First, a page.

Rugs are the foundation of a room, and the proper placement can go a long way toward making a space look and feel more comfortable. But, you might wonder, where to start? Don't worry — here are Gilt Home Editorial Director Tom Delavan's three favorite ways of decorating with rugs. “You have to commit to one of these,” he says. “In between — with a small rug in the middle of a room, for example — is exactly where you can go very wrong.”
#1: Create “zones” in a larger space
This method (shown in photo above) breaks up a room and makes a large space feel more intimate, cohesive, and defined by using rugs to delineate separate spaces for different activities such as dining, lounging, and playing. Just make sure there’s at least 2 feet of space between rugs. In this scheme, all the legs of the furniture pieces belonging to a grouping should be on the rug. (The exception is a sofa, where you can’t really see the legs.)
If you’re using this method to define a dining area, the rug should be about 4 feet bigger than your table to allow chairs to be easily pulled out. And the rugs in the room should match. “And, if they don’t match, they need to at least be cousins,” Delavan says. “You shouldn’t have one Oriental carpet and one Berber, or one Oriental and one sisal. Try for at least two of a kind.”
#2: The ultimate “finishing touch”: Looks matter
In this floor covering floor plan (see photo just below), it’s okay to be totally superficial. These types of decorative rugs tend to be ones you’ve fallen in love with because of their good looks rather than for practical reasons (like: “It fits my room.”). “You are buying these for the design, not for the perfect size,” Delavan says. Use these lookers to cozy up a nook or seating area or add pattern, color, and interest to a room. Just be careful not to leave one these small-ish rugs in the middle of a room with four feet of dead space around it. Says Delavan: “Then it just looks like you were too cheap to get the right size.”
Look around your home for the right space for your rug. It may be made to order for the bedside or the foot of the bed. Delevan likes to put a smallish, beat-up Oriental rug under a glass coffee table where it can be enjoyed without the wear-and-tear. “In an entryway, get site-specific,” he says, picking a thin runner for a long hall, and a welcome-mat shape for a small, square foyer.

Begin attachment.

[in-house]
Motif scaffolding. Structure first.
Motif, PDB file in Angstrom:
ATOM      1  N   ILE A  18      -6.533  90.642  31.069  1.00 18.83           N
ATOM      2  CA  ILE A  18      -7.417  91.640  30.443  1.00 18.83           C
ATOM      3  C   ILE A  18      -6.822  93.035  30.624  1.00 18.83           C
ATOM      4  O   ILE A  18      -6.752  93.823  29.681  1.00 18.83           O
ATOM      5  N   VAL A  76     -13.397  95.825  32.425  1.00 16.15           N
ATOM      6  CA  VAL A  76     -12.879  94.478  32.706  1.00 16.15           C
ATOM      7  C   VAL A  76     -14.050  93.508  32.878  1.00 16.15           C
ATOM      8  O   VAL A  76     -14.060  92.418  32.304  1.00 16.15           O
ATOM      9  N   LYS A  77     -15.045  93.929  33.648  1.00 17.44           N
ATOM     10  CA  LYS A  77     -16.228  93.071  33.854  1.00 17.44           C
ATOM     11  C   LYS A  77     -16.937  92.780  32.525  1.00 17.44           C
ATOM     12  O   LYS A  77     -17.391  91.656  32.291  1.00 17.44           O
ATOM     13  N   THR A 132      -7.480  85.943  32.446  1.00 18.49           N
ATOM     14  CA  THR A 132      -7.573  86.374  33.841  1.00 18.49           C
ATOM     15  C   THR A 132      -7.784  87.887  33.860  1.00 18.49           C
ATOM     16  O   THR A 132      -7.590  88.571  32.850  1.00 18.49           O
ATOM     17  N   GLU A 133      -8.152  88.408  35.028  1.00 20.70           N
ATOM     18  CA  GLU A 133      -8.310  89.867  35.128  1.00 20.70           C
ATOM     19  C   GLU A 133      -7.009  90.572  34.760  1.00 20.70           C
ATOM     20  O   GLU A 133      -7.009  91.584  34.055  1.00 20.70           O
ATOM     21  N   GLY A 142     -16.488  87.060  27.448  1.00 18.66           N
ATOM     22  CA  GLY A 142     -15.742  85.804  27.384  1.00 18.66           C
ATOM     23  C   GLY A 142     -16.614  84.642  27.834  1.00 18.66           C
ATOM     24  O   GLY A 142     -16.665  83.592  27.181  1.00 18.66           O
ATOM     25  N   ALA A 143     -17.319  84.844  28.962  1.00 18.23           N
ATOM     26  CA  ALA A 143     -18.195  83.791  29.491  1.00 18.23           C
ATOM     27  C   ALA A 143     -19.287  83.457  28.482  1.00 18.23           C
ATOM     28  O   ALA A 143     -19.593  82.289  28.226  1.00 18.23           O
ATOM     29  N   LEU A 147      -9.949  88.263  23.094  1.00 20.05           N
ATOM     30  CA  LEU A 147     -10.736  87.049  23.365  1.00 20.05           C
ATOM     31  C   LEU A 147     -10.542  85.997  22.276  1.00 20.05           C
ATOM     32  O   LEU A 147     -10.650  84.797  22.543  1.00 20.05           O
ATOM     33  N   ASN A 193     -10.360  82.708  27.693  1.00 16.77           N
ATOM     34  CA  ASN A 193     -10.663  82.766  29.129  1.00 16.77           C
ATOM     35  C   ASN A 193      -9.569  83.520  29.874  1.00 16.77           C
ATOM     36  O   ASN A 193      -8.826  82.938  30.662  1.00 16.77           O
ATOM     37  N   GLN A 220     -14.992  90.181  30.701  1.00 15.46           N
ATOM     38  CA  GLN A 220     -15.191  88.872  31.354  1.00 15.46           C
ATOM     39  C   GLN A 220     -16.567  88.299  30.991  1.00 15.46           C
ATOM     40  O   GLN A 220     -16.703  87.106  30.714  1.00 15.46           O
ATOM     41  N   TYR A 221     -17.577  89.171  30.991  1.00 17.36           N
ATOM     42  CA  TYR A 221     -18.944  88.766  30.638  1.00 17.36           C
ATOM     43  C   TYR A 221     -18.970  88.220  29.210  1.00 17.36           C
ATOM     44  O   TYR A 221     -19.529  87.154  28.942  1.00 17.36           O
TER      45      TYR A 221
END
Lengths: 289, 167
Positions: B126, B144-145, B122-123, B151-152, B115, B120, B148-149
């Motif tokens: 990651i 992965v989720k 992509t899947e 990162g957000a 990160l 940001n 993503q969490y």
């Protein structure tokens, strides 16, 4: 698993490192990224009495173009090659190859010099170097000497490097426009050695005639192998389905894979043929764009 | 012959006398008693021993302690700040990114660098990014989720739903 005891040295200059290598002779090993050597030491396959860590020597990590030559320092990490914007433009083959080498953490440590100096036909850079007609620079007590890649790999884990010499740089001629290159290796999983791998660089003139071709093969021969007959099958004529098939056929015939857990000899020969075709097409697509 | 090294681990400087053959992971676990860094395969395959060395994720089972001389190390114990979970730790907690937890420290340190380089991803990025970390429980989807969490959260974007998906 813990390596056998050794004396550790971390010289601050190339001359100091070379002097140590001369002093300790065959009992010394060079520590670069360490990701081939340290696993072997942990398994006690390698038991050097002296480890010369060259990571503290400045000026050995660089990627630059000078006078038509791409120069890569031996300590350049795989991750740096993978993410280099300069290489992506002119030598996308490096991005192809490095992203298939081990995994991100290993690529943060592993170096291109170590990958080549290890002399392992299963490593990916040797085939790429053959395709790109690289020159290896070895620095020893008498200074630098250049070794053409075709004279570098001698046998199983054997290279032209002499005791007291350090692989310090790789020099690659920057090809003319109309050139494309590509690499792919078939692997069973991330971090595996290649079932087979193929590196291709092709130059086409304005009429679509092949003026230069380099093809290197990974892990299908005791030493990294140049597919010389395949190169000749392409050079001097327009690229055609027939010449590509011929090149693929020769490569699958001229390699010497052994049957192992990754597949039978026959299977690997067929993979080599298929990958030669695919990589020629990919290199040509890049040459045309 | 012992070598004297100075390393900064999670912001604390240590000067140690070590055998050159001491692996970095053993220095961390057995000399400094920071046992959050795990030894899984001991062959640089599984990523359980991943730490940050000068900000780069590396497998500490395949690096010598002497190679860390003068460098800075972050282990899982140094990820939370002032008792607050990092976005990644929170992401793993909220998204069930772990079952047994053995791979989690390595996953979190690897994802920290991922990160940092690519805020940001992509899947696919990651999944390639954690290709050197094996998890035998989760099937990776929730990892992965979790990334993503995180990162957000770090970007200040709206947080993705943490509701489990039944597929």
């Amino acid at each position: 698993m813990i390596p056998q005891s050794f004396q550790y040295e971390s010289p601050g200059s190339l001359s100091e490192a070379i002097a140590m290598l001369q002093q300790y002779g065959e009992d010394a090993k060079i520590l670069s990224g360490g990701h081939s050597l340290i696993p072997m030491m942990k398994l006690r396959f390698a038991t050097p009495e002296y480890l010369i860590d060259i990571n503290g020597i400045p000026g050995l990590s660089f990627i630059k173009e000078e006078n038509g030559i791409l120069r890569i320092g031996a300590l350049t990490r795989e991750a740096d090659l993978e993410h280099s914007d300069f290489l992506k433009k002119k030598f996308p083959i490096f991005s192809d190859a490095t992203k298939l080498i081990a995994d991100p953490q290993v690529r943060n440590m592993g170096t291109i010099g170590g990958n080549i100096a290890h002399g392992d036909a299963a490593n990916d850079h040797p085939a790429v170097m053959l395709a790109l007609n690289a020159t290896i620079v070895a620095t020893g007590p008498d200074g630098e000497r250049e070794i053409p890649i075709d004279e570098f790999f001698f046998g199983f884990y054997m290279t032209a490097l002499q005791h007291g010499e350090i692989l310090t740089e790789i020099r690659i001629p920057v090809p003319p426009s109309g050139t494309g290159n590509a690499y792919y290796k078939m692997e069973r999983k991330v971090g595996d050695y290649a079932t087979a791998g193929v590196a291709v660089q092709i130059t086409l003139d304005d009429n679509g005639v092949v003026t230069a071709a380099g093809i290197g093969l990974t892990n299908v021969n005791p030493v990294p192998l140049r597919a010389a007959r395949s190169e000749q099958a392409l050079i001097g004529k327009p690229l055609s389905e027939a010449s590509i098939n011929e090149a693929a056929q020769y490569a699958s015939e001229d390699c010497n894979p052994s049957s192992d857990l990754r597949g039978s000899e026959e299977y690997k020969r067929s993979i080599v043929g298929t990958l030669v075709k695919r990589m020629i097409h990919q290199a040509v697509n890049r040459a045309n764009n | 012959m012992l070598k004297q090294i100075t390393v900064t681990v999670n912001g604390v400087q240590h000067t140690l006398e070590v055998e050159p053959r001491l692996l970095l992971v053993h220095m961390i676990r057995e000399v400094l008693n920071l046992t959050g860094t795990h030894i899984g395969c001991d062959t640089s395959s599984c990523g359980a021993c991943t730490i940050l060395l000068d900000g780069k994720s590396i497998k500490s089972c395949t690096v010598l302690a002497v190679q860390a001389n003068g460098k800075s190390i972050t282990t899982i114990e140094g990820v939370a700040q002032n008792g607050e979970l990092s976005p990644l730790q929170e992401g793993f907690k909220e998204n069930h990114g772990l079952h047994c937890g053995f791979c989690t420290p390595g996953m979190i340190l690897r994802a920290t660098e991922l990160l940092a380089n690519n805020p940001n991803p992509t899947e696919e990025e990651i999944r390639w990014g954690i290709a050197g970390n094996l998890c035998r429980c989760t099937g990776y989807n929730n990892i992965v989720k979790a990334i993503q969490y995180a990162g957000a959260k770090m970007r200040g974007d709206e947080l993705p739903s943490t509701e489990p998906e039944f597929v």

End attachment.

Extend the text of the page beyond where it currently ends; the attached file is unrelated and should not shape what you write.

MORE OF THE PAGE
Or try a layered look by putting eye-catching rugs on top of sisal, sea grass, or neutral wool carpet (or wall-to-wall that you want to hide). You can even take layering to the max. “In this case, there are no rules,” says Delavan, “but more is more.” For such heavy layering, spread multiple rugs in related patterns (such as antique Orientals in one color family) in a room. If you do this, though “you’ve got to go for it," notes Delavan. "You need at least five.”
#3: Almost wall-to-wall
This strategy (see photo below) centers a rug in a room with about one to two feet of space between the edges of the rug and the walls. The rug shouldn’t touch the baseboards anywhere. And, if it’s a rectangular rug in a square room, the opposite sides of the rug should be equal distances from the walls. We like it best in a bedroom, where it softens the overall look and makes a room feel larger. (This size rug is also a great sound absorber, perfect for anywhere you want peace and quiet.)
In some set-ups, decorators rule that all the legs of a piece of furniture must be on a rug to look right. In this case, the front legs of most pieces of furniture will be on the rug, but beds and bookshelves pushed up against the wall will inevitably have their back legs off (don't worry about that!).
(Top photo by Melanie Acevedo/trunkarchive.com)